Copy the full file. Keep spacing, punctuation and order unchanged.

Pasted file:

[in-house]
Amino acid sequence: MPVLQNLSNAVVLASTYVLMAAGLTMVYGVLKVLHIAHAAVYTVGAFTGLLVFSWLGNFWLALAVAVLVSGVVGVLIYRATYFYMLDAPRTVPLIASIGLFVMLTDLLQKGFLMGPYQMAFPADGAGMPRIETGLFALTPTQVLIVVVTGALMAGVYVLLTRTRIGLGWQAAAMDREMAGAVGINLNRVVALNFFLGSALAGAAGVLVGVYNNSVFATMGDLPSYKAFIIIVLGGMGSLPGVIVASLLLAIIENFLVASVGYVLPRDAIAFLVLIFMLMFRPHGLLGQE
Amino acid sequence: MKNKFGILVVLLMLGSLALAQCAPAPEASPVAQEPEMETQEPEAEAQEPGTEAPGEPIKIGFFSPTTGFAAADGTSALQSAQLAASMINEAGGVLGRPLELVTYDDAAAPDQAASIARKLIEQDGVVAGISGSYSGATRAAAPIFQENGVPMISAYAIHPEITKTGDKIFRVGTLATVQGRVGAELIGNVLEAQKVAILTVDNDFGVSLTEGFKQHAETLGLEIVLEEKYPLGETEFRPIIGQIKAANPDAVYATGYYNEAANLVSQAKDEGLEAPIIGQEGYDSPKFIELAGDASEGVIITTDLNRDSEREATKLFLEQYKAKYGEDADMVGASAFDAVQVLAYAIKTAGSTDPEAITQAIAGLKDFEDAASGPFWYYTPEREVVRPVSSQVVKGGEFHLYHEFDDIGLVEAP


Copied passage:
[in-house]
Amino acid sequence: MPVLQNLSNAVVLASTYVLMAAGLTMVYGVLKVLHIAHAAVYTVGAFTGLLVFSWLGNFWLALAVAVLVSGVVGVLIYRATYFYMLDAPRTVPLIASIGLFVMLTDLLQKGFLMGPYQMAFPADGAGMPRIETGLFALTPTQVLIVVVTGALMAGVYVLLTRTRIGLGWQAAAMDREMAGAVGINLNRVVALNFFLGSALAGAAGVLVGVYNNSVFATMGDLPSYKAFIIIVLGGMGSLPGVIVASLLLAIIENFLVASVGYVLPRDAIAFLVLIFMLMFRPHGLLGQE
Amino acid sequence: MKNKFGILVVLLMLGSLALAQCAPAPEASPVAQEPEMETQEPEAEAQEPGTEAPGEPIKIGFFSPTTGFAAADGTSALQSAQLAASMINEAGGVLGRPLELVTYDDAAAPDQAASIARKLIEQDGVVAGISGSYSGATRAAAPIFQENGVPMISAYAIHPEITKTGDKIFRVGTLATVQGRVGAELIGNVLEAQKVAILTVDNDFGVSLTEGFKQHAETLGLEIVLEEKYPLGETEFRPIIGQIKAANPDAVYATGYYNEAANLVSQAKDEGLEAPIIGQEGYDSPKFIELAGDASEGVIITTDLNRDSEREATKLFLEQYKAKYGEDADMVGASAFDAVQVLAYAIKTAGSTDPEAITQAIAGLKDFEDAASGPFWYYTPEREVVRPVSSQVVKGGEFHLYHEFDDIGLVEAP